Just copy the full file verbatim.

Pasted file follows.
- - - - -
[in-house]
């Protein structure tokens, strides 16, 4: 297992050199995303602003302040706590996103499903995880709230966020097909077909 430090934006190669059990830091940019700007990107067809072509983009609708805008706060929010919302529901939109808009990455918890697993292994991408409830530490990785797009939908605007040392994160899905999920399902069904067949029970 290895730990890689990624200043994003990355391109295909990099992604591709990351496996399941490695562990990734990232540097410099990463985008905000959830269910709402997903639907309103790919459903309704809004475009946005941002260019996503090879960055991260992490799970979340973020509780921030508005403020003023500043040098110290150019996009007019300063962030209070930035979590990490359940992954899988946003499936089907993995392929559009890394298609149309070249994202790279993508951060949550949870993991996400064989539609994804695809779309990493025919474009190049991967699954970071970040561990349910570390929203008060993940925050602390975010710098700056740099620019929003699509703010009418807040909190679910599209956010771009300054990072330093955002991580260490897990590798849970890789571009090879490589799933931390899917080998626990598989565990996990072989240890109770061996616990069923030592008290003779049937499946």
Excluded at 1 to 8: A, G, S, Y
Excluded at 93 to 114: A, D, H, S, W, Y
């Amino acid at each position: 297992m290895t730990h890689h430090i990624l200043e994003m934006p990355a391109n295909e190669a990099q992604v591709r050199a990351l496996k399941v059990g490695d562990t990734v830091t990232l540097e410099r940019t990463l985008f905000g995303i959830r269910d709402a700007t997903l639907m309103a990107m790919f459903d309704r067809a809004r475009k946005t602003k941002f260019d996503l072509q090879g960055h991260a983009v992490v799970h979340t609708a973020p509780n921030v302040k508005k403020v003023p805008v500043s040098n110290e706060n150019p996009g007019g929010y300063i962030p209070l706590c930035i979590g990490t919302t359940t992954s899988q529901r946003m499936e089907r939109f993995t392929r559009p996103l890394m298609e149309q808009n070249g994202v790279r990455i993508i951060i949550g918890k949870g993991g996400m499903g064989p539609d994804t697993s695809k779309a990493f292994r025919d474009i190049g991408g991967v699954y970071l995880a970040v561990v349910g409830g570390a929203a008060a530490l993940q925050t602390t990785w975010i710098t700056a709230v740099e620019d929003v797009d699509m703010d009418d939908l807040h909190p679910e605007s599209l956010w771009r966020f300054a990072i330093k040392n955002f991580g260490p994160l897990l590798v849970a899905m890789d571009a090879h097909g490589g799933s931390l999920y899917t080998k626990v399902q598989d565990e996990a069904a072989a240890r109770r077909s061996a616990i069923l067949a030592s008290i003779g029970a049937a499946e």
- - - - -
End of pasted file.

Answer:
[in-house]
């Protein structure tokens, strides 16, 4: 297992050199995303602003302040706590996103499903995880709230966020097909077909 430090934006190669059990830091940019700007990107067809072509983009609708805008706060929010919302529901939109808009990455918890697993292994991408409830530490990785797009939908605007040392994160899905999920399902069904067949029970 290895730990890689990624200043994003990355391109295909990099992604591709990351496996399941490695562990990734990232540097410099990463985008905000959830269910709402997903639907309103790919459903309704809004475009946005941002260019996503090879960055991260992490799970979340973020509780921030508005403020003023500043040098110290150019996009007019300063962030209070930035979590990490359940992954899988946003499936089907993995392929559009890394298609149309070249994202790279993508951060949550949870993991996400064989539609994804695809779309990493025919474009190049991967699954970071970040561990349910570390929203008060993940925050602390975010710098700056740099620019929003699509703010009418807040909190679910599209956010771009300054990072330093955002991580260490897990590798849970890789571009090879490589799933931390899917080998626990598989565990996990072989240890109770061996616990069923030592008290003779049937499946």
Excluded at 1 to 8: A, G, S, Y
Excluded at 93 to 114: A, D, H, S, W, Y
């Amino acid at each position: 297992m290895t730990h890689h430090i990624l200043e994003m934006p990355a391109n295909e190669a990099q992604v591709r050199a990351l496996k399941v059990g490695d562990t990734v830091t990232l540097e410099r940019t990463l985008f905000g995303i959830r269910d709402a700007t997903l639907m309103a990107m790919f459903d309704r067809a809004r475009k946005t602003k941002f260019d996503l072509q090879g960055h991260a983009v992490v799970h979340t609708a973020p509780n921030v302040k508005k403020v003023p805008v500043s040098n110290e706060n150019p996009g007019g929010y300063i962030p209070l706590c930035i979590g990490t919302t359940t992954s899988q529901r946003m499936e089907r939109f993995t392929r559009p996103l890394m298609e149309q808009n070249g994202v790279r990455i993508i951060i949550g918890k949870g993991g996400m499903g064989p539609d994804t697993s695809k779309a990493f292994r025919d474009i190049g991408g991967v699954y970071l995880a970040v561990v349910g409830g570390a929203a008060a530490l993940q925050t602390t990785w975010i710098t700056a709230v740099e620019d929003v797009d699509m703010d009418d939908l807040h909190p679910e605007s599209l956010w771009r966020f300054a990072i330093k040392n955002f991580g260490p994160l897990l590798v849970a899905m890789d571009a090879h097909g490589g799933s931390l999920y899917t080998k626990v399902q598989d565990e996990a069904a072989a240890r109770r077909s061996a616990i069923l067949a030592s008290i003779g029970a049937a499946e």